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Grateful Dead Music Forum

A place to talk about the music of the Grateful Dead 

 #129538  by Aaron1229
 Wed Jun 26, 2013 8:05 pm
Hi everyone, it feels good to be making my first post here. I'm a longtime lurker, finally decided to register so i can get some answers in my quest for Jerry tone :)
I think my fav tone of his might be 12/29/77 winterland. Just an epic night, with some of the sweetest sounds i've ever heard come from a guitar. His tone is sweet and chimey in places, aggressive, thick, and cutting in others. What's strange is that wolf sounds totally different that night, even compared to the preceding and following night in this run. Was it simply the effect of getting everything "just exactly perfect", i.e. luck? And he was still using single coils at this point right? Were they really just stock Fender pups? How did he possibly get that raging, thick, full tone he had on "the nine" out of single coils?!? Sorry for rambling--this show has captivated me for years, and I've never stopped trying to duplicate that sound... Thanks in advance for any advice/answers!
 #129543  by schmidtz
 Wed Jun 26, 2013 8:44 pm
That is single coil Wolf with the effect loop installed. If I had to guess, I would say that the pickups would be some off the shelf 1977 Fender strat single coils. Jerry had a propensity to change his pickups frequently, so whatever they were, they were new.

The raging tone will come from cranking your McIntosh into your veritable wall of K120's.
 #129571  by TI4-1009
 Thu Jun 27, 2013 7:26 am
Sorry, as an occasional cello player I couldn't resist. From Wikipedia:

"A wolf tone, or simply a "wolf", is produced when a played note matches the natural resonating frequency of the body of a musical instrument, producing a sustaining sympathetic artificial overtone that amplifies and expands the frequencies of the original note, frequently accompanied by an oscillating beating (due to the uneven frequencies between the natural note and artificial overtone) which may be likened to the howling of the animal. A similar phenomenon is the beating produced by a wolf interval, which is usually the interval between E♭ and G♯ of the various non-circulating temperaments.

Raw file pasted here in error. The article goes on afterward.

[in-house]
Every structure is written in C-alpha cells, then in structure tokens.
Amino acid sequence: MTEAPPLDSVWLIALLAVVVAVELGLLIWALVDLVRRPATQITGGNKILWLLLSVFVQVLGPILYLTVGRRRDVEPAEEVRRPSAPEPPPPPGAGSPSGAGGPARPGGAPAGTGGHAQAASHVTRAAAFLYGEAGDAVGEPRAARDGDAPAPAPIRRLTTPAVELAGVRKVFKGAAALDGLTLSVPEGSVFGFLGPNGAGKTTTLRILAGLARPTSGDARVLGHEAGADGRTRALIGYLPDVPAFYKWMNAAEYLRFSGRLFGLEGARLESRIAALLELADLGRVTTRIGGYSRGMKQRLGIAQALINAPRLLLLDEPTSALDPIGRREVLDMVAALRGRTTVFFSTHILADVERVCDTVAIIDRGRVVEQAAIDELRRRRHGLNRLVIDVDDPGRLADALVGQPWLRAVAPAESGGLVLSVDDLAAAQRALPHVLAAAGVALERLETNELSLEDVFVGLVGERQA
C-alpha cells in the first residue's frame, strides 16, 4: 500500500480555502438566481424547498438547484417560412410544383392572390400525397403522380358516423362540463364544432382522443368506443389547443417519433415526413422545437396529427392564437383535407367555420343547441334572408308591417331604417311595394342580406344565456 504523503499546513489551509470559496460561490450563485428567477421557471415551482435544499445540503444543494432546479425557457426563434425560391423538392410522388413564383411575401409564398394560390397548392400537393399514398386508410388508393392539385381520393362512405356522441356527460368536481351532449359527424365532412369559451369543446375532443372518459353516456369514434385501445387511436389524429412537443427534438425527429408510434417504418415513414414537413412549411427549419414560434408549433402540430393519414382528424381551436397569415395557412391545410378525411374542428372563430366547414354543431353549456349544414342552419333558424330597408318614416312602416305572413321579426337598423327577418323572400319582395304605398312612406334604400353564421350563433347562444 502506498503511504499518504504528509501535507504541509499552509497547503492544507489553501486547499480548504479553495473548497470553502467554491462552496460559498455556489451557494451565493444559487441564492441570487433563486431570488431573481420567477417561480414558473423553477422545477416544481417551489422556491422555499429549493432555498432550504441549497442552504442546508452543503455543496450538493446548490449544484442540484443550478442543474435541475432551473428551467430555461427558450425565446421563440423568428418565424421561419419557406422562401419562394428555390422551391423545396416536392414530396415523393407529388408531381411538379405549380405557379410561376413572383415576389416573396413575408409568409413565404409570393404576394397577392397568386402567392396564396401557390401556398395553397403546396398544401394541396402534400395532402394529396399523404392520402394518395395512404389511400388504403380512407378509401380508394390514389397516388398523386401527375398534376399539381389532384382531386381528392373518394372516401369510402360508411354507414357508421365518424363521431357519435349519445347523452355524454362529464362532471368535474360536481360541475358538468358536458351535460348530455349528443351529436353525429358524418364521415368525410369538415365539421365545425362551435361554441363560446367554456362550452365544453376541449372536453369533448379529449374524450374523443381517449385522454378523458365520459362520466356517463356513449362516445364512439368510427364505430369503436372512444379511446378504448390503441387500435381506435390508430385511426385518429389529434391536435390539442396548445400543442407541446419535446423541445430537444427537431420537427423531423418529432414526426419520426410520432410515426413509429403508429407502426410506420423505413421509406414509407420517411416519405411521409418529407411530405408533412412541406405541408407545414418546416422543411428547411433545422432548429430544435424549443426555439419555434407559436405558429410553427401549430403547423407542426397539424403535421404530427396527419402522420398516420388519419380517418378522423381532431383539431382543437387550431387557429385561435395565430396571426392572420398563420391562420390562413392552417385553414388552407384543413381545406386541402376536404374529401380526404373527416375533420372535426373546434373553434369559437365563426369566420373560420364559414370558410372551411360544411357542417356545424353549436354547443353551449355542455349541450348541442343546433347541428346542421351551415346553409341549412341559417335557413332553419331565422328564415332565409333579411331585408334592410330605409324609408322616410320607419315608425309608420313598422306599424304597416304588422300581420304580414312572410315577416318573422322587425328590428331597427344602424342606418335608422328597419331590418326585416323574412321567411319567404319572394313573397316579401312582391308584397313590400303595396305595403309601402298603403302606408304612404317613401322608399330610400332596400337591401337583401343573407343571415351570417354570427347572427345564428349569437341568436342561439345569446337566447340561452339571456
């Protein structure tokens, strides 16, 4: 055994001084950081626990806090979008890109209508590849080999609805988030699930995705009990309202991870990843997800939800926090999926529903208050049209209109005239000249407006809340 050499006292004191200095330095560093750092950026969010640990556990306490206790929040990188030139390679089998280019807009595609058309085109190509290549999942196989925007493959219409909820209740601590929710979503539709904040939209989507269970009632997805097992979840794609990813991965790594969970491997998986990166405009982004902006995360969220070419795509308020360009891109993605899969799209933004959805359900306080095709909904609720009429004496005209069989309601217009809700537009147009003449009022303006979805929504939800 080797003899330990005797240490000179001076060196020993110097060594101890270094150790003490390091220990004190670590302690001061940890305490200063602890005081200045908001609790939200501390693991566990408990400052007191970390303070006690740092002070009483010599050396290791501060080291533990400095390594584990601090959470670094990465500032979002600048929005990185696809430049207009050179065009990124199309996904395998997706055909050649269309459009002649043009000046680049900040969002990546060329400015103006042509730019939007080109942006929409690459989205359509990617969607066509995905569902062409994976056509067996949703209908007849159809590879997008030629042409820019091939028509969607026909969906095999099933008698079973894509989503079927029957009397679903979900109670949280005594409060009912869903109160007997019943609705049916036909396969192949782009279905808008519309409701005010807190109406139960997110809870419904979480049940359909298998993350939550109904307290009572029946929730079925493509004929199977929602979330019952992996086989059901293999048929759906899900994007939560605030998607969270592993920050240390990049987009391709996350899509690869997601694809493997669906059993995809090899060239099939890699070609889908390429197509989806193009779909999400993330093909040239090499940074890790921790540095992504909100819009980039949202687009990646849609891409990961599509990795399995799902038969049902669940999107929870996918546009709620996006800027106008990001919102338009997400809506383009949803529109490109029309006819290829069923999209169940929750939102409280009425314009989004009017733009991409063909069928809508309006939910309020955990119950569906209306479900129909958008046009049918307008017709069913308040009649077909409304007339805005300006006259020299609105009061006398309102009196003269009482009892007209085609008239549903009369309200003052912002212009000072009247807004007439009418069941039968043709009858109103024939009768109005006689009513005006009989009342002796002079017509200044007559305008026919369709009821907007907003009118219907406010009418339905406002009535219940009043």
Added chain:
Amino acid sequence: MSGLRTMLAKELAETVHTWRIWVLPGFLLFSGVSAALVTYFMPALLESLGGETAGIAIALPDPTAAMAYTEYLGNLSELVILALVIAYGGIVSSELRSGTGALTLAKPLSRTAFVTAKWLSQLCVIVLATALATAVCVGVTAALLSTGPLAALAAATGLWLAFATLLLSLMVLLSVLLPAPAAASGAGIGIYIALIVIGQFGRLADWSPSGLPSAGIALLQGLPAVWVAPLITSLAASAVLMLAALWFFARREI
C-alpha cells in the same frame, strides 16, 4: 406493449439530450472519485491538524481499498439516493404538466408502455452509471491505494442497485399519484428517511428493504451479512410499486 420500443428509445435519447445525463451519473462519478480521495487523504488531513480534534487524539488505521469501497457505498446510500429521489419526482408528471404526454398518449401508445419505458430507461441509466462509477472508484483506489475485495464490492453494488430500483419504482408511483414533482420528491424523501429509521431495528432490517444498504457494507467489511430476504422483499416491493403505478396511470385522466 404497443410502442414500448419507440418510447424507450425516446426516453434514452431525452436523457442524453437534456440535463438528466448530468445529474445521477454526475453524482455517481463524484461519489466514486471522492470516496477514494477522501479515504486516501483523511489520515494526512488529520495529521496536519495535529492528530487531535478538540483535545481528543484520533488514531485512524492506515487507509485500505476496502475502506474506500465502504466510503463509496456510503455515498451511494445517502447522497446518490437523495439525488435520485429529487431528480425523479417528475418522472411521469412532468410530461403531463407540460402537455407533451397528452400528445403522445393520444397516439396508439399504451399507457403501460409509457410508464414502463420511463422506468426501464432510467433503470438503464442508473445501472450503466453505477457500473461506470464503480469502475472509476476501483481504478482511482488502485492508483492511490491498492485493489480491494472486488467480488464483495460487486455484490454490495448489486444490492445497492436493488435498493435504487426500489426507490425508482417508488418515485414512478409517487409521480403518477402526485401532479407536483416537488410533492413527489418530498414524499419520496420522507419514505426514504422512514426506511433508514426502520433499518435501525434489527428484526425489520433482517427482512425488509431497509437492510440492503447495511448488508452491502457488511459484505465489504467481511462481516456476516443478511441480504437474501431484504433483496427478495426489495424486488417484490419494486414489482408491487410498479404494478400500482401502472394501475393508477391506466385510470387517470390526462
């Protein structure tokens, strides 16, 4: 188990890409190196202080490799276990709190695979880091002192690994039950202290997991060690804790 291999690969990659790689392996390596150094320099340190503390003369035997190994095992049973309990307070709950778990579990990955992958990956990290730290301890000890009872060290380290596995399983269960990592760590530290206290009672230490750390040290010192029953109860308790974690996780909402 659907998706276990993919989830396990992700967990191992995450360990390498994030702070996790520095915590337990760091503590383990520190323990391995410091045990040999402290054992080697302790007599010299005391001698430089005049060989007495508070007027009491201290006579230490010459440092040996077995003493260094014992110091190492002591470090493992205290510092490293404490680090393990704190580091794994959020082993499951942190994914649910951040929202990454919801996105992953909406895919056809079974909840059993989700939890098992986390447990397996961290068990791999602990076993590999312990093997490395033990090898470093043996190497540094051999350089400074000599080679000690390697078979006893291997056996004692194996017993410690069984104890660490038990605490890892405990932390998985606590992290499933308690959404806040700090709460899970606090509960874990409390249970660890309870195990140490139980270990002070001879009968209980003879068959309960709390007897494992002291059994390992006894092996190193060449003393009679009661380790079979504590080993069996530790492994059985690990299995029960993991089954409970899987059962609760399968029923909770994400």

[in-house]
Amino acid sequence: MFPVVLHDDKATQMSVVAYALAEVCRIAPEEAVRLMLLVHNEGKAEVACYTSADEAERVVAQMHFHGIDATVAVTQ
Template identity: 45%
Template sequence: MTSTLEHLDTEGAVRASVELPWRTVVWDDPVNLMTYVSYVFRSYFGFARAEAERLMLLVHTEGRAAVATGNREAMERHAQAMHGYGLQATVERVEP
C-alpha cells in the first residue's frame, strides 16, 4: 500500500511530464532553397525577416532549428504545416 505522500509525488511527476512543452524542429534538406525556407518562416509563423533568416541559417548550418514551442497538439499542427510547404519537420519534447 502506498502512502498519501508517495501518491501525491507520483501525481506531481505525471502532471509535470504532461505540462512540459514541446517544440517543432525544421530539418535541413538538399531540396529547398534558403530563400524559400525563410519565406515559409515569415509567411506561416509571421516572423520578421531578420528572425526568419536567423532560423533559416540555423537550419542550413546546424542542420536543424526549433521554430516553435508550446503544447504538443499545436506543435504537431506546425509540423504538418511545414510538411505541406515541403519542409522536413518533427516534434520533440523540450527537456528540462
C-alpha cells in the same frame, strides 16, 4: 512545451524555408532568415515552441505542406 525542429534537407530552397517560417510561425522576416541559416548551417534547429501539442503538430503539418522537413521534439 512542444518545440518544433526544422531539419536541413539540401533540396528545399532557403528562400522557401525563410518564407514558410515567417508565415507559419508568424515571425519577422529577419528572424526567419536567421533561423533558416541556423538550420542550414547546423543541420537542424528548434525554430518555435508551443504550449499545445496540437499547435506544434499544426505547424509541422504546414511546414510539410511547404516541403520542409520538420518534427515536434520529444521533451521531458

Wolf tones are usually only noticed on bowed instruments, most notably the violin family, since the tones produced are played for much longer periods, and thus are easier to hear. Frequently, the wolf is present on or in between the pitches E and F♯ on the cello, and around G♯ on the double bass. A brass wolf tone eliminator typically placed on the G string (second string from the left) of a cello, between the bridge and the tailpiece."
 #129655  by seniorpesca
 Fri Jun 28, 2013 4:01 pm
TI4-1009 wrote:Sorry, as an occasional cello player I couldn't resist. From Wikipedia:

"A wolf tone, or simply a "wolf", is produced when a played note matches the natural resonating frequency of the body of a musical instrument, producing a sustaining sympathetic artificial overtone that amplifies and expands the frequencies of the original note, frequently accompanied by an oscillating beating (due to the uneven frequencies between the natural note and artificial overtone) which may be likened to the howling of the animal. A similar phenomenon is the beating produced by a wolf interval, which is usually the interval between E♭ and G♯ of the various non-circulating temperaments.

Wolf tones are usually only noticed on bowed instruments, most notably the violin family, since the tones produced are played for much longer periods, and thus are easier to hear. Frequently, the wolf is present on or in between the pitches E and F♯ on the cello, and around G♯ on the double bass. A brass wolf tone eliminator typically placed on the G string (second string from the left) of a cello, between the bridge and the tailpiece."
:shock:


cool!